Allow Usher, the central – only? – character of Michael R. Jackson’s scathingly funny and Pulitzer Prize-winning musical A Strange Loop, to introduce himself.
He is, he tells us, “a young overweight-to-obese homosexual and/or gay and/or queer, cisgender male, able-bodied university-and-graduate-school educated, musical theater writing, Disney ushering, broke-ass middle-class politically homeless normie leftist Black American descendant of slaves who thinks he’s probably a vers bottom but not totally certain of that obsessing over the latest draft of his self-referential musical A Strange Loop! And surrounded by his extremely obnoxious Thoughts!”
Portrayed by Broadway newcomer Jaquel Spivey in a performance so comfortably inhabited you’d be forgiven for assuming he wrote it, Strange Loop‘s Usher takes his name from the stop-gap Lion King job that pays (barely) his bills while he writes the autobiographical musical of his dreams. He is, in short (and in his words), “a Black, gay man writing a musical about a Black, gay man who’s writing a musical about a Black gay man who’s writing a musical about a Black gay man, etc.”
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While Usher is, in a sense, the sole character of A Strange Loop (opening tonight at Broadway’s Lyceum Theatre), Spivey is not the only performer: He is surrounded by those “extremely obnoxious Thoughts” that swirl through his brain, never giving him a moment’s peace. One is the voice of Daily Self-Loathing, another the Supervisor of Sexual Ambivalence, an agent aptly named Fairweather, various hookup dates, and other internal monitors who tell him he’s not Black enough or gay enough or thin enough or has enough money.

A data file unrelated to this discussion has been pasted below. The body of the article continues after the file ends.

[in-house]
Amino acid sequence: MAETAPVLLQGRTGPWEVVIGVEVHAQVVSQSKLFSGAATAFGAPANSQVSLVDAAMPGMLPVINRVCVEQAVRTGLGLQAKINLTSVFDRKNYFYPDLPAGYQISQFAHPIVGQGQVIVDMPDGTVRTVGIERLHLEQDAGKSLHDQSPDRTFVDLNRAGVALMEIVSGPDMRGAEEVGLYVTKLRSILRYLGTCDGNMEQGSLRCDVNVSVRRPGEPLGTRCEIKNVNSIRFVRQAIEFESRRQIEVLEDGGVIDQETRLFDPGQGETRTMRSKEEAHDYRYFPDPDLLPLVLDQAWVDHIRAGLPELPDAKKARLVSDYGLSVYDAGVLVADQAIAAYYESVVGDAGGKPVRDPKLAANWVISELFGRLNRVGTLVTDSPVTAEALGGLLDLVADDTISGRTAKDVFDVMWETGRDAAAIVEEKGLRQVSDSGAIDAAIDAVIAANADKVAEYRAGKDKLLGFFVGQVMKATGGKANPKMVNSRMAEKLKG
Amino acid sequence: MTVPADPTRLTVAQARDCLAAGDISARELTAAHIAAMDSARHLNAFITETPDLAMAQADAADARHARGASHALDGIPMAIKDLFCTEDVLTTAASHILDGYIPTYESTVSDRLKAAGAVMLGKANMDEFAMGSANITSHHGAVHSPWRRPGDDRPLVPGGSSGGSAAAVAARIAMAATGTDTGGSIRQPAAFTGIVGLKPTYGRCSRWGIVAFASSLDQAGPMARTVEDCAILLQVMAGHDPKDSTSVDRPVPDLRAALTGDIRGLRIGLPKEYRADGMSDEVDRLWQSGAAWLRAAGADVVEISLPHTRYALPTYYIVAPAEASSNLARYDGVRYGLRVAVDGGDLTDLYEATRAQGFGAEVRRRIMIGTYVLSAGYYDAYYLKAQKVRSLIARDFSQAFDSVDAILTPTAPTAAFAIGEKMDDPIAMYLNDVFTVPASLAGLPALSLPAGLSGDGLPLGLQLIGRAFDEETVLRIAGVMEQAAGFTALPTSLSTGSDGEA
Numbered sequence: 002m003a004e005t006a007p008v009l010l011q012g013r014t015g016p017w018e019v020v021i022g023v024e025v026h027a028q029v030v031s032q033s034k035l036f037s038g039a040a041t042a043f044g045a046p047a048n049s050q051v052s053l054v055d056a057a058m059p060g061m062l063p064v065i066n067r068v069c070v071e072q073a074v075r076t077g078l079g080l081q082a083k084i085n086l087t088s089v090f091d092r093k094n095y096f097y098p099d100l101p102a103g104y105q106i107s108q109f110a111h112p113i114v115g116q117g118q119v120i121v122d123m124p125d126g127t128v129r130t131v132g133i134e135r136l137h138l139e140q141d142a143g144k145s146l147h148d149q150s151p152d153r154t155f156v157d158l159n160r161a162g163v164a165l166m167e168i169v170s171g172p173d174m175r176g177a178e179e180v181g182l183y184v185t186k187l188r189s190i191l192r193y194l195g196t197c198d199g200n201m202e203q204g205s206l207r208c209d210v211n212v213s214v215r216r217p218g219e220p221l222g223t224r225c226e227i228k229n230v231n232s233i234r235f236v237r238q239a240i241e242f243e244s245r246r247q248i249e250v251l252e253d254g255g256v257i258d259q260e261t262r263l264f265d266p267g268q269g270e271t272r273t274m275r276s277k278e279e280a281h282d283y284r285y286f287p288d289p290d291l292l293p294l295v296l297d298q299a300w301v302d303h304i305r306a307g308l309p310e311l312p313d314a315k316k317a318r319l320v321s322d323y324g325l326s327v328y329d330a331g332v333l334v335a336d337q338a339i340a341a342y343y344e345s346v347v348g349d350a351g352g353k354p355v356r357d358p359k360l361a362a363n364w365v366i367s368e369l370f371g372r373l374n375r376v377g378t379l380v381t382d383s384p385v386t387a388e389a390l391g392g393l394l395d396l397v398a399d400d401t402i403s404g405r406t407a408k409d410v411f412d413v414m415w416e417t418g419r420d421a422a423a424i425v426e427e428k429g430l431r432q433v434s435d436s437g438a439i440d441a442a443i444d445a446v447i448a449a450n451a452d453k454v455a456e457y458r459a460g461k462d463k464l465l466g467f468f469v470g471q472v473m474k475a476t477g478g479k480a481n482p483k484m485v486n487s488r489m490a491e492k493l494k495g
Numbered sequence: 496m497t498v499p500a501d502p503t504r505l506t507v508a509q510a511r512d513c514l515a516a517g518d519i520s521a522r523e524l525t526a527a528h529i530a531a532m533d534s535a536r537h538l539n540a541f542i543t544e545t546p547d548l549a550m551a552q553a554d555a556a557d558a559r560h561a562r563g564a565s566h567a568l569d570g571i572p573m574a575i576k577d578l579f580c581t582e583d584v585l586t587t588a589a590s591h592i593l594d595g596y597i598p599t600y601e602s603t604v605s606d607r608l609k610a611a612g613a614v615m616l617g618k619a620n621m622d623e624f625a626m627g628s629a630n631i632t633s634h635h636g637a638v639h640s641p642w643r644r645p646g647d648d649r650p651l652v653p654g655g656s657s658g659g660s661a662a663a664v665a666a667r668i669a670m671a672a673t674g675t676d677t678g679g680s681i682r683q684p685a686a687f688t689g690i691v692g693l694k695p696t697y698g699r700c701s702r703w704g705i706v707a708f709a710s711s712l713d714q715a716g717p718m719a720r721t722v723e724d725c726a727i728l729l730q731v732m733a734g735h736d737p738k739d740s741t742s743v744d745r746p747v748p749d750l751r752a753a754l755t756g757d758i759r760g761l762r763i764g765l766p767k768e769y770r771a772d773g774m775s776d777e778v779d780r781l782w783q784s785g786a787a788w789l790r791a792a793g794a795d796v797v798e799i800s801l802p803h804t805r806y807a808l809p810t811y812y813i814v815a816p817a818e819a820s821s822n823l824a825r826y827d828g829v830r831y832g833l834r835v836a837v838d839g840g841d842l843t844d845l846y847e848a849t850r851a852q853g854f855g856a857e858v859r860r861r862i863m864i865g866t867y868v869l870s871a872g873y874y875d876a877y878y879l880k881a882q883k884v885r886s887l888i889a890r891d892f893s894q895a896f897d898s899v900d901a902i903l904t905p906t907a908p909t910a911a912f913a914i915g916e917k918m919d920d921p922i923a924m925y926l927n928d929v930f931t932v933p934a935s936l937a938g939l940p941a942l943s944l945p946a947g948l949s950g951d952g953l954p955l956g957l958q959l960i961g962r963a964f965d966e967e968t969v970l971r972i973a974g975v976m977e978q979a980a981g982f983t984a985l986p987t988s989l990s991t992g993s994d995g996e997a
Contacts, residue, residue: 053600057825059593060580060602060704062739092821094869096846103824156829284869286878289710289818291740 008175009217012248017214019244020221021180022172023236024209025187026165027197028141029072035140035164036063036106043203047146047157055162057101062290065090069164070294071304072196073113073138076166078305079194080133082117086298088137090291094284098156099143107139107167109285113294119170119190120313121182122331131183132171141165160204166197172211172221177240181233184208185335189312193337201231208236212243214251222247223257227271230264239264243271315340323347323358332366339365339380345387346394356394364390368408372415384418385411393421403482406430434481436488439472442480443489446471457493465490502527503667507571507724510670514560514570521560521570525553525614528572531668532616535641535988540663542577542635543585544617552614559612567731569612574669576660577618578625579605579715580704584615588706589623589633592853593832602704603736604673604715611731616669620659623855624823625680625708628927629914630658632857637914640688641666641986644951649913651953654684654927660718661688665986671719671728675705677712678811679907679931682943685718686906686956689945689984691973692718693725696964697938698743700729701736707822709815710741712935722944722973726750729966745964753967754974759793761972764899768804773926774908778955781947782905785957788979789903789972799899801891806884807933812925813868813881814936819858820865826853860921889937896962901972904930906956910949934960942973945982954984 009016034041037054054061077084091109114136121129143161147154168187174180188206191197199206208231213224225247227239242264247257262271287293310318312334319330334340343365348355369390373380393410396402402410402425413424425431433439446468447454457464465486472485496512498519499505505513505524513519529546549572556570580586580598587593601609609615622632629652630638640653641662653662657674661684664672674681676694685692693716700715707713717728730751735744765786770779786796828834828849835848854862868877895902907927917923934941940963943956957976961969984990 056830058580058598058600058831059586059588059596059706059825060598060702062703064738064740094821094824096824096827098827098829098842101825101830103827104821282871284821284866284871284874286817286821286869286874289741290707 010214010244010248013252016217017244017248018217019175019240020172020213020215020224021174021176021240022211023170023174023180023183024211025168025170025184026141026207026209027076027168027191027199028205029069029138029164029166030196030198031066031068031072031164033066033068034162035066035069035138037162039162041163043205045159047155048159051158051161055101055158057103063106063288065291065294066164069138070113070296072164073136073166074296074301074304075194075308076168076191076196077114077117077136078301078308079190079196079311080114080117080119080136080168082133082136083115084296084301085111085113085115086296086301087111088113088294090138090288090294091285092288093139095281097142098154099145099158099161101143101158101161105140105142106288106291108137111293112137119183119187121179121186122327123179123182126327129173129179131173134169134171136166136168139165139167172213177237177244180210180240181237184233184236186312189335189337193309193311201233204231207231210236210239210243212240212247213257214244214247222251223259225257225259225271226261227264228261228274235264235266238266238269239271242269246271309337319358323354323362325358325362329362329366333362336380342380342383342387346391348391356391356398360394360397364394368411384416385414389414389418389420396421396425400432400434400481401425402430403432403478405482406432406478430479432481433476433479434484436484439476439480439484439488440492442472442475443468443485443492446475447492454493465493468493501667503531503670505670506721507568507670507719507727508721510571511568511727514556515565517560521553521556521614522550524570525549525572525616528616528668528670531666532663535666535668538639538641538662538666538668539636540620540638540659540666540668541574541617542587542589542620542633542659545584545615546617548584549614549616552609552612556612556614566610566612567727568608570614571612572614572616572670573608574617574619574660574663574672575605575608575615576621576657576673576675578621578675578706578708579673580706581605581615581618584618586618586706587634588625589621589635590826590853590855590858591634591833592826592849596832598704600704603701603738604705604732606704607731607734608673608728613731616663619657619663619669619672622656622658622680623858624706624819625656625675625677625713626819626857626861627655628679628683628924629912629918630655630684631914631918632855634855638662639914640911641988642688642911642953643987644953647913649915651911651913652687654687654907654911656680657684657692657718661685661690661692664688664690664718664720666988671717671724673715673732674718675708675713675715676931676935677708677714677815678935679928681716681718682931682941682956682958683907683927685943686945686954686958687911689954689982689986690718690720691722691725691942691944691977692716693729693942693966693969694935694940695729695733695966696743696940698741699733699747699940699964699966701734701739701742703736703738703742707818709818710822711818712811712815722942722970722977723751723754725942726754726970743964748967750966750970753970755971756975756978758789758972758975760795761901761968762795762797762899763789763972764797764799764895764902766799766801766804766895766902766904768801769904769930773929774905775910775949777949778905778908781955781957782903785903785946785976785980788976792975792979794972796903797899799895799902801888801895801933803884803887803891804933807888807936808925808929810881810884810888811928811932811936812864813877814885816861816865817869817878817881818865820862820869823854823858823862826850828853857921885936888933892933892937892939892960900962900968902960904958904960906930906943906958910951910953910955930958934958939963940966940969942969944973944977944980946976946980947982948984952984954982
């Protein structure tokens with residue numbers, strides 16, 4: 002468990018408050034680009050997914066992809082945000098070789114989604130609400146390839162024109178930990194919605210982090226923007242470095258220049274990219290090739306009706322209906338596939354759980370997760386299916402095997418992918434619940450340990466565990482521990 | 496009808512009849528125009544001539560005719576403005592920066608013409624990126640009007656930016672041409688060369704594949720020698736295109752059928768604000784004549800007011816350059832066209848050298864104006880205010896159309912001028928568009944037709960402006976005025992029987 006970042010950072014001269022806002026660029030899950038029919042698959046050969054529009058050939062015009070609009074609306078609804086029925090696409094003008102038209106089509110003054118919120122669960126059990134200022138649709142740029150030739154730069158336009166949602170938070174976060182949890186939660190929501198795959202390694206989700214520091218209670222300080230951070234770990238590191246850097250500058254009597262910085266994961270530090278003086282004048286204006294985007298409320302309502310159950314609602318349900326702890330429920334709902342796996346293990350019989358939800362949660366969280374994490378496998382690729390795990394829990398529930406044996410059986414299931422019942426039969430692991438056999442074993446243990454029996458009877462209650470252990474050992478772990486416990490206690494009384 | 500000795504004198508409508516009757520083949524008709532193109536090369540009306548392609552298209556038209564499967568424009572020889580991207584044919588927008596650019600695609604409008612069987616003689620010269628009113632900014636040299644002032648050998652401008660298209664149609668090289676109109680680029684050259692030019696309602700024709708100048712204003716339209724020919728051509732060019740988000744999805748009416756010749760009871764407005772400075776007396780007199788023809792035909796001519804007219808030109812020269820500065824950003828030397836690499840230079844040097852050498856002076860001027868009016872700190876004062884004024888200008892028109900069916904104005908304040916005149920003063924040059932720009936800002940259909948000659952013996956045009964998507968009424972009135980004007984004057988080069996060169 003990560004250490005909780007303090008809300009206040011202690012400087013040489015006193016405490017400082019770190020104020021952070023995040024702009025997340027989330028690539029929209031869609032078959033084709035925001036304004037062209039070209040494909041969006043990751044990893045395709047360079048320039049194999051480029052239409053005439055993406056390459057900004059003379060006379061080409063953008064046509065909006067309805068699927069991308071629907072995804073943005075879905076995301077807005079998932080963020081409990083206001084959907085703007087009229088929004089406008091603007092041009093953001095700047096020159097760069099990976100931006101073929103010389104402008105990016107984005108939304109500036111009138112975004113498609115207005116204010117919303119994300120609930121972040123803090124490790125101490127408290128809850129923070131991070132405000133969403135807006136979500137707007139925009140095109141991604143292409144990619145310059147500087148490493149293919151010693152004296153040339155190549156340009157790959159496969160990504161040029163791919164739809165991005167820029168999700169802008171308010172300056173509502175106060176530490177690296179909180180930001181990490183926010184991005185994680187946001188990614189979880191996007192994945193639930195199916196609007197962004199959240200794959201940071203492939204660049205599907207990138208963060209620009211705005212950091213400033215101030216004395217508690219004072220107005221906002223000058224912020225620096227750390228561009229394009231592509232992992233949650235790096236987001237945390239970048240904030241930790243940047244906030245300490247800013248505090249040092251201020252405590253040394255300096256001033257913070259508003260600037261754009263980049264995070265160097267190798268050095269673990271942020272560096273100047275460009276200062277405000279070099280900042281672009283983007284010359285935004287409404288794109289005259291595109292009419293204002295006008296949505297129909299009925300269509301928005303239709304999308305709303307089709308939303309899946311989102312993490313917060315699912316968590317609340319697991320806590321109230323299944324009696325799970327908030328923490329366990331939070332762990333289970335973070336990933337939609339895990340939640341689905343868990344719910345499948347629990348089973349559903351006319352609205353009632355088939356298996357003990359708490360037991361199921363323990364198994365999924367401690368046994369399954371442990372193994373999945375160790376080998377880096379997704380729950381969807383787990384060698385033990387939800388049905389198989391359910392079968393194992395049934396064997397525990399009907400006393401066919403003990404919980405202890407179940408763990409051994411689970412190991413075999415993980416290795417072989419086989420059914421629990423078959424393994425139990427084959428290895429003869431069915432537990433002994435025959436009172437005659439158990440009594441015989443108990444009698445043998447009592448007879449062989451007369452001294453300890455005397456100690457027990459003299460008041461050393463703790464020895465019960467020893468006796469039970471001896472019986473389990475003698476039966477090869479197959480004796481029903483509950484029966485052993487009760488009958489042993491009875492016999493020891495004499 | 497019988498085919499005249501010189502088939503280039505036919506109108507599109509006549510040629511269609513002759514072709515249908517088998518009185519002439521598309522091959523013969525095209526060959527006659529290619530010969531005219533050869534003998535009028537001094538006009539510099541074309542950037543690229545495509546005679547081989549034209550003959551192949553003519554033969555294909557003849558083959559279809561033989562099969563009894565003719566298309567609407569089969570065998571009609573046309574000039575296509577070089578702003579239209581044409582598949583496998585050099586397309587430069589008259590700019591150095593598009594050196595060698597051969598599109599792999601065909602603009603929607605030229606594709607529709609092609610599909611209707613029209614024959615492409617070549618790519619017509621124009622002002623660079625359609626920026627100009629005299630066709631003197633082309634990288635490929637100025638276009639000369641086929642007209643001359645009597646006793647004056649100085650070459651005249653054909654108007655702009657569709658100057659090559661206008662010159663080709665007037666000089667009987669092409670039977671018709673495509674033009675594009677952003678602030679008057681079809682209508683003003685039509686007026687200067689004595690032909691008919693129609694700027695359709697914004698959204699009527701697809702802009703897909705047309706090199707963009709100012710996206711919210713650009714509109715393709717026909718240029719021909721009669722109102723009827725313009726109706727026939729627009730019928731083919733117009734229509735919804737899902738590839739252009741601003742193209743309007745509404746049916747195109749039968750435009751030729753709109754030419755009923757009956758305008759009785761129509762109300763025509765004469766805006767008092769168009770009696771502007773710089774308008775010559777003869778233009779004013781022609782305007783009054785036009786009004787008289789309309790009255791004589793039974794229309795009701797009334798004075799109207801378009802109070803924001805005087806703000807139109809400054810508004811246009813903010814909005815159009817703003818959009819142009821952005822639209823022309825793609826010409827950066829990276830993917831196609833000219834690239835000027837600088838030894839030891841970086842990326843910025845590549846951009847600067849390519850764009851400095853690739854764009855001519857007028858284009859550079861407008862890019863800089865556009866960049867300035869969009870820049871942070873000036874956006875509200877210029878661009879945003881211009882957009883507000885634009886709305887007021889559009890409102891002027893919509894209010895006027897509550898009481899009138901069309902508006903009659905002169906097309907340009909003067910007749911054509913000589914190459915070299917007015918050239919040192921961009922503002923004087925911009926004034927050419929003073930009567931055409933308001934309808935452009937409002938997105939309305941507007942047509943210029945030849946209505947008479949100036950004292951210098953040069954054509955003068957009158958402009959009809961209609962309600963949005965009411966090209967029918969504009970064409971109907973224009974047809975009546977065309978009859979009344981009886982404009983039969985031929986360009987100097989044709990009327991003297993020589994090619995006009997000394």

And then there are his politically and religiously conservative Mom and Dad, forever yelling in his head about sin and hell and AIDS and beseeching him to write a nice gospel musical like Tyler Perry (or “Toxic Tyler Perry,” as Usher calls the mogul; we’ll see more, much more, about Perry before Strange Loop calls it a day).
Fluidly directed by Stephen Brackett, with Raja Feather Kelly’s clever choreography punctuating Jackson’s delightfully brash score, A Strange Loop grabs hold of us the moment Usher concludes that funny introduction. If the show begins to lose a little steam – but just a little – towards the end, it’s only because Jackson has already made his points so clearly, pointedly and winningly.
As for that title, Usher explains it early on:
Well, don’t fall asleep but it’s a cognitive science term that was coined by this guy named Douglas Hofstadter. And it’s basically about how your sense of self is a kind of paradox. Because how your ability to conceive of yourself as an “I” is just an illusion-cycle of meaningless symbols in your brain that move from one level of abstraction to another but always wind up right back where they started. Yeah, I don’t totally get it either. But it’s also the name of this Liz Phair song that I really love.
As Usher’s doubts and hopes and insights loop in on themselves – and all that looping really is a pleasure to behold – the musical presents a complex portrait of a singular creation (by a singular new theatrical voice) that resists every effort (including Usher’s own) to categorize.